In a Costa Rican garden: Yigüirro – the national bird

I have spent a good part of the last twelve years recording almost daily lists of the bird species that appear in my garden in the small village of San Antonio, near the very provincial town of Turrialba in the province of Cartago. It has been a wonderful experience for me personally while at the same time it has been, I firmly believe, a valuable contribution to mapping the distribution of bird species and numbers of individuals in our area.

Before the relatively recent arrival here en masse of the Great-tailed Grackle (Quiscalus mexicanus), the most familiar species was probably the national bird, the Clay-colored Thrush (Turdus grayi):

Clay-colored Thrush in my garden in San Antonio de Turrialba; photo by Larry Waddell

Note that in the interests of science the earlier English-language name of Clay-colored Robin was officially changed. Costa Ricans always call the bird, affectionately, el yigüirro. The onomatopoeic name is said to imitate its melodious song, which heralds the approach of the rainy season and nesting time.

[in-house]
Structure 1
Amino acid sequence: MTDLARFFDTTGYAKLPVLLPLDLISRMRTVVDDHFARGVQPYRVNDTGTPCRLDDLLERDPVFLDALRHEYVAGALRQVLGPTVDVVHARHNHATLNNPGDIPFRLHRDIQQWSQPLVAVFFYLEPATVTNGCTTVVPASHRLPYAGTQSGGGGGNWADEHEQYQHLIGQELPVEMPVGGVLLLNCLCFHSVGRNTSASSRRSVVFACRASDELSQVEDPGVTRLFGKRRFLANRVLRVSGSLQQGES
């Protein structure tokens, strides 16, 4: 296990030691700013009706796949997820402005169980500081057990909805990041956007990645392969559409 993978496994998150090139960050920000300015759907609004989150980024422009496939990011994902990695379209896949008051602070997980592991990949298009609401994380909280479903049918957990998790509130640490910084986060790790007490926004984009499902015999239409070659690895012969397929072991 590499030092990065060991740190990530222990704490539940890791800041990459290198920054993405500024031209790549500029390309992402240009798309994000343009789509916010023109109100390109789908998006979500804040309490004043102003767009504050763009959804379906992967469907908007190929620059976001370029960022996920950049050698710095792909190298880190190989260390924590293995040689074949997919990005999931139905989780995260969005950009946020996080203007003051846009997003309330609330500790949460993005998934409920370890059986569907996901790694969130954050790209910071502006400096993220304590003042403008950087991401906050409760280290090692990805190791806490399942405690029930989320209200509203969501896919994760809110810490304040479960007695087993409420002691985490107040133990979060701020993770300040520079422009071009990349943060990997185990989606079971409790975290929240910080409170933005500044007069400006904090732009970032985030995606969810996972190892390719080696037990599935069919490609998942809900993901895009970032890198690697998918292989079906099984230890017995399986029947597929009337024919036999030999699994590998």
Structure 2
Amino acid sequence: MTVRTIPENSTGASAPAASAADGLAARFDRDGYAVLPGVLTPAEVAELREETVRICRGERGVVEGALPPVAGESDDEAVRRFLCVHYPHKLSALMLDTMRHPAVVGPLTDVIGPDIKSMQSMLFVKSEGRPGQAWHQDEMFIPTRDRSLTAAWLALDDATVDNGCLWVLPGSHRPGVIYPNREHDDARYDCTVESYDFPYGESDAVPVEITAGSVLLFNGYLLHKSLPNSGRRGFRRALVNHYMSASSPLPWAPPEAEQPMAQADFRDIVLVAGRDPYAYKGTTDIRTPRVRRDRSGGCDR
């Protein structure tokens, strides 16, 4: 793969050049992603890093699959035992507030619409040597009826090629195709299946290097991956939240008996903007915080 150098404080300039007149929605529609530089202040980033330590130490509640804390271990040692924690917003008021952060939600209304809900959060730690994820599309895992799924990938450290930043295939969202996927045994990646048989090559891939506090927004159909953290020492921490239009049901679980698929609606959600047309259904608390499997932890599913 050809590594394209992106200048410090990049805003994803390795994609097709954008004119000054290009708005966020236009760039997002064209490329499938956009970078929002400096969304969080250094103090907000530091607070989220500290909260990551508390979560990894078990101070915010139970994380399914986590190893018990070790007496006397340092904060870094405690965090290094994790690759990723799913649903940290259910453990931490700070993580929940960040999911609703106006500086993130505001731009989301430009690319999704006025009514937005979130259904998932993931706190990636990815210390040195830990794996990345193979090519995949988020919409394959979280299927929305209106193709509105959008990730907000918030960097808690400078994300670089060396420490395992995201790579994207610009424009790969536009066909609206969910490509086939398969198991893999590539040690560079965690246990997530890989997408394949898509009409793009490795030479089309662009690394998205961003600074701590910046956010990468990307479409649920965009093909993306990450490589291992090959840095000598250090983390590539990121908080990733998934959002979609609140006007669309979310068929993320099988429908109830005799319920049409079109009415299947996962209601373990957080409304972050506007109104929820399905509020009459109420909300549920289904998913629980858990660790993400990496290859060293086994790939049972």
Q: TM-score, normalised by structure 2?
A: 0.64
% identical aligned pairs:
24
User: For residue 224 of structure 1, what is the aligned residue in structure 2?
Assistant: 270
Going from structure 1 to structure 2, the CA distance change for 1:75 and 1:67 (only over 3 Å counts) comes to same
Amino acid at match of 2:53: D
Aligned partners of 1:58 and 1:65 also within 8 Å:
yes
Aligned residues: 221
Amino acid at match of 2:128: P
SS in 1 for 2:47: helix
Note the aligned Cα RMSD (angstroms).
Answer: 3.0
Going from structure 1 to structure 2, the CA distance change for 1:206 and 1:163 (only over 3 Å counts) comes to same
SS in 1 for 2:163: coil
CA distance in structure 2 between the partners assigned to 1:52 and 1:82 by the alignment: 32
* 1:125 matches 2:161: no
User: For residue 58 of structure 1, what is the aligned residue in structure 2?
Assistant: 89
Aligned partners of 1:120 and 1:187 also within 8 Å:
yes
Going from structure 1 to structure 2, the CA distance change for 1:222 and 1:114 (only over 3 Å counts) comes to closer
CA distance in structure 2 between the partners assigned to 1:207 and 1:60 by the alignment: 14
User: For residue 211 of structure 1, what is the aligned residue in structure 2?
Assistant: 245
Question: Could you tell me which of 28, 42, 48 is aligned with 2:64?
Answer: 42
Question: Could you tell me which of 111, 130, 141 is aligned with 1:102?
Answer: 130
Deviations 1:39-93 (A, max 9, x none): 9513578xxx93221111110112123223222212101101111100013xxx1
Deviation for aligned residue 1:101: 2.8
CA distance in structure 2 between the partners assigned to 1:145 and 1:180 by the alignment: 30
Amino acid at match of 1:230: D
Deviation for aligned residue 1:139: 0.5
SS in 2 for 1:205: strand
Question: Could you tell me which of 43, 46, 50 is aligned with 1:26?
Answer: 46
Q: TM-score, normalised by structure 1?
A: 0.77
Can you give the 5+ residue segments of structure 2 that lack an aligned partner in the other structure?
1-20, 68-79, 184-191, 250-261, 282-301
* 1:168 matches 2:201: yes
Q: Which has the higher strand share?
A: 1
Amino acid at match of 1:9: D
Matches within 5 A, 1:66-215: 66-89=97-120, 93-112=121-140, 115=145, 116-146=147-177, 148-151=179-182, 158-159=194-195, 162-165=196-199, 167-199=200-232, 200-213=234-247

Costa Rica’s national bird: Clay-colored Thrush; Photo by Larry Waddell.

Interestingly, the Clay-colored Thrush is now expanding its range in southern Texas, where I repeatedly searched for it in vain many years ago. Here in Costa Rica, however, it is present in gardens everywhere, with the exception of the very highest elevations. At the time of writing this post Costa Ricans are being awakened by the sound of what is virtually a mass choir of their beloved yigüirro.

Bill and eye colour of the Clay-colored thrush help to distinguish it from the Mountain thrush (Turdus plebeius), which is found at higher elevations and very occasionally visits my garden. Photo taken at nearby Santa Rosa by John Beer

Look for subsequent posts featuring the commonest birds that visit my Costa Rican garden.

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